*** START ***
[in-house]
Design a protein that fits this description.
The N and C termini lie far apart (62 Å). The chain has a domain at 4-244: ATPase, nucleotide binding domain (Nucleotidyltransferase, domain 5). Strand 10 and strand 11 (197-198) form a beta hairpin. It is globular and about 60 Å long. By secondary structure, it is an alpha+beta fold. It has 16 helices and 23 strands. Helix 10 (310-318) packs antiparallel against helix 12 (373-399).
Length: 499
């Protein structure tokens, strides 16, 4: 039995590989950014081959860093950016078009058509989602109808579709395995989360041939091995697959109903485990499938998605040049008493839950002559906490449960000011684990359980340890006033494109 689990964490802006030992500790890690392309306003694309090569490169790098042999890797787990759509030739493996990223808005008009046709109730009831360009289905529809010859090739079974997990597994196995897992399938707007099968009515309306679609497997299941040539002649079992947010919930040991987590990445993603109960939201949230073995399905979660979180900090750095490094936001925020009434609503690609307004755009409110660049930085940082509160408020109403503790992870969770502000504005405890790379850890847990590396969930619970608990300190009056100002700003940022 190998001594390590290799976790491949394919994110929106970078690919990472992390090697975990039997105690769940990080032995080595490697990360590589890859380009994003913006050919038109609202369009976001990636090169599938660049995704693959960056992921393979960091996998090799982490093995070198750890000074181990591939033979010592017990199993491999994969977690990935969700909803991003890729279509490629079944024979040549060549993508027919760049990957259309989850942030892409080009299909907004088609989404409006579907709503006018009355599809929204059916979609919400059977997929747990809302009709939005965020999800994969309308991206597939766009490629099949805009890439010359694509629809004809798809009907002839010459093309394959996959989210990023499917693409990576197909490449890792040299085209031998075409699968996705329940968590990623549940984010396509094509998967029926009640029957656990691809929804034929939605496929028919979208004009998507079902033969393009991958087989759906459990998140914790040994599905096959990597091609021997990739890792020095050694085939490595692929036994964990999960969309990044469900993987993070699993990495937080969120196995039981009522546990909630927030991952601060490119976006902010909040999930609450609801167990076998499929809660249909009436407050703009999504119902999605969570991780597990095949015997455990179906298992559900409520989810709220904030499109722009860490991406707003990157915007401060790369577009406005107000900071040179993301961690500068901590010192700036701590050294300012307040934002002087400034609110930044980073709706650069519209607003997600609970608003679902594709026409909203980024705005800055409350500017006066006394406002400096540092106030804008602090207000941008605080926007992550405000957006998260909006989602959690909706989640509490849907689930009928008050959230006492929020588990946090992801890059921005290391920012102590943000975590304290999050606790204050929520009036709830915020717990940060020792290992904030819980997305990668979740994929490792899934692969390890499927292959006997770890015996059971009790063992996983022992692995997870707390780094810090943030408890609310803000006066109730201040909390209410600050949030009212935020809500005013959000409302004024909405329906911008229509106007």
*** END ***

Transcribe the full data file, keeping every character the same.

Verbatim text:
[in-house]
Design a protein that fits this description.
The N and C termini lie far apart (62 Å). The chain has a domain at 4-244: ATPase, nucleotide binding domain (Nucleotidyltransferase, domain 5). Strand 10 and strand 11 (197-198) form a beta hairpin. It is globular and about 60 Å long. By secondary structure, it is an alpha+beta fold. It has 16 helices and 23 strands. Helix 10 (310-318) packs antiparallel against helix 12 (373-399).
Length: 499
């Protein structure tokens, strides 16, 4: 039995590989950014081959860093950016078009058509989602109808579709395995989360041939091995697959109903485990499938998605040049008493839950002559906490449960000011684990359980340890006033494109 689990964490802006030992500790890690392309306003694309090569490169790098042999890797787990759509030739493996990223808005008009046709109730009831360009289905529809010859090739079974997990597994196995897992399938707007099968009515309306679609497997299941040539002649079992947010919930040991987590990445993603109960939201949230073995399905979660979180900090750095490094936001925020009434609503690609307004755009409110660049930085940082509160408020109403503790992870969770502000504005405890790379850890847990590396969930619970608990300190009056100002700003940022 190998001594390590290799976790491949394919994110929106970078690919990472992390090697975990039997105690769940990080032995080595490697990360590589890859380009994003913006050919038109609202369009976001990636090169599938660049995704693959960056992921393979960091996998090799982490093995070198750890000074181990591939033979010592017990199993491999994969977690990935969700909803991003890729279509490629079944024979040549060549993508027919760049990957259309989850942030892409080009299909907004088609989404409006579907709503006018009355599809929204059916979609919400059977997929747990809302009709939005965020999800994969309308991206597939766009490629099949805009890439010359694509629809004809798809009907002839010459093309394959996959989210990023499917693409990576197909490449890792040299085209031998075409699968996705329940968590990623549940984010396509094509998967029926009640029957656990691809929804034929939605496929028919979208004009998507079902033969393009991958087989759906459990998140914790040994599905096959990597091609021997990739890792020095050694085939490595692929036994964990999960969309990044469900993987993070699993990495937080969120196995039981009522546990909630927030991952601060490119976006902010909040999930609450609801167990076998499929809660249909009436407050703009999504119902999605969570991780597990095949015997455990179906298992559900409520989810709220904030499109722009860490991406707003990157915007401060790369577009406005107000900071040179993301961690500068901590010192700036701590050294300012307040934002002087400034609110930044980073709706650069519209607003997600609970608003679902594709026409909203980024705005800055409350500017006066006394406002400096540092106030804008602090207000941008605080926007992550405000957006998260909006989602959690909706989640509490849907689930009928008050959230006492929020588990946090992801890059921005290391920012102590943000975590304290999050606790204050929520009036709830915020717990940060020792290992904030819980997305990668979740994929490792899934692969390890499927292959006997770890015996059971009790063992996983022992692995997870707390780094810090943030408890609310803000006066109730201040909390209410600050949030009212935020809500005013959000409302004024909405329906911008229509106007």